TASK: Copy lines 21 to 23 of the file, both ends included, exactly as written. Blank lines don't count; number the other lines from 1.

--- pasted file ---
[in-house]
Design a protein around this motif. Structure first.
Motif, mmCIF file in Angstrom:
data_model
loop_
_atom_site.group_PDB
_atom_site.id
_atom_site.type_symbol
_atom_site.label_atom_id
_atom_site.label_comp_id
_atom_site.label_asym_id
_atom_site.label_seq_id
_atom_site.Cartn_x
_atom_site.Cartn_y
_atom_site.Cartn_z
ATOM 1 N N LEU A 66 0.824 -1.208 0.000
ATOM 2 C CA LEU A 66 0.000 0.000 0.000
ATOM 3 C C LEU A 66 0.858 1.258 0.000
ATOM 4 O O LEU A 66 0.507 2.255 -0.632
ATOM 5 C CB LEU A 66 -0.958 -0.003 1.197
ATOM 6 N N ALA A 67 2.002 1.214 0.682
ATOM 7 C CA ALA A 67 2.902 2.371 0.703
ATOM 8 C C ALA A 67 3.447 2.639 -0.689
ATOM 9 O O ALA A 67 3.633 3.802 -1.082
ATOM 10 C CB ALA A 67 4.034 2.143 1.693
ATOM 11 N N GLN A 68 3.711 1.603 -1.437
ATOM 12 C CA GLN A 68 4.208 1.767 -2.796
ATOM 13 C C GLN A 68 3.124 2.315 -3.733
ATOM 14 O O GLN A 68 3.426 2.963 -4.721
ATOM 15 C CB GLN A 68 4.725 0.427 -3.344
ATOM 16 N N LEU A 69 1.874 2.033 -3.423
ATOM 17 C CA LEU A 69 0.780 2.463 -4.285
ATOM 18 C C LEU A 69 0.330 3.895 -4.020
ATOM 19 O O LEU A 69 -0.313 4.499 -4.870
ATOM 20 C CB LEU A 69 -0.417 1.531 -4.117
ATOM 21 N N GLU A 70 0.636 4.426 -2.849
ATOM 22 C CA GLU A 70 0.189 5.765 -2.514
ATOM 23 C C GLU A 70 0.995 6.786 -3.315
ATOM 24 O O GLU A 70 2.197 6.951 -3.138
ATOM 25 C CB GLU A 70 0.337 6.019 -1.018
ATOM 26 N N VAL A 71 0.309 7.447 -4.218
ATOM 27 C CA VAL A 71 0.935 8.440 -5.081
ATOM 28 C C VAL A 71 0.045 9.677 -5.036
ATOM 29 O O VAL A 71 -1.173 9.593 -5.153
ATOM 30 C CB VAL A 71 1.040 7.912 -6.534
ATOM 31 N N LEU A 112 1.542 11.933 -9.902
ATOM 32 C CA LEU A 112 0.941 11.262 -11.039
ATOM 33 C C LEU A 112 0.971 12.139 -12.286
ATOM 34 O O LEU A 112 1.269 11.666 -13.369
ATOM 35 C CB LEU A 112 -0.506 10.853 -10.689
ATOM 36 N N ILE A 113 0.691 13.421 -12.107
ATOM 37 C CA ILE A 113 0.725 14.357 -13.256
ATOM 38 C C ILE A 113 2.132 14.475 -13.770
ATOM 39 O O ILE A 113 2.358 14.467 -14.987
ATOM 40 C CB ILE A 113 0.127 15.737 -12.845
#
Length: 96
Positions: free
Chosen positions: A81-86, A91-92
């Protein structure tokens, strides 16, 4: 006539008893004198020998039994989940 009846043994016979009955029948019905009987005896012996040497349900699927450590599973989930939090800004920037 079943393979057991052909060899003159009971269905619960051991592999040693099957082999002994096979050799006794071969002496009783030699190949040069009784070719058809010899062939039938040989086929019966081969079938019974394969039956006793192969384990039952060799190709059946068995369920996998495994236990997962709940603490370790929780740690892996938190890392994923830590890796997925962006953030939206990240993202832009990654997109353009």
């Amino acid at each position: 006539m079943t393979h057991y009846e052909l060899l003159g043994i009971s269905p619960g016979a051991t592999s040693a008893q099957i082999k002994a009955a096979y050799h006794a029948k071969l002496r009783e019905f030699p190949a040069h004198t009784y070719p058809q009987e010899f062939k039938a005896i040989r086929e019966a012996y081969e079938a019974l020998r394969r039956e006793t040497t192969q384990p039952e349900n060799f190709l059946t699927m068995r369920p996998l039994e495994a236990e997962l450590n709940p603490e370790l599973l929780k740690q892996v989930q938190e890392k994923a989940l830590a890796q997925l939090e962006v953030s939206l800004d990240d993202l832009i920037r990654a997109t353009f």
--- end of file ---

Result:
ATOM 6 N N ALA A 67 2.002 1.214 0.682
ATOM 7 C CA ALA A 67 2.902 2.371 0.703
ATOM 8 C C ALA A 67 3.447 2.639 -0.689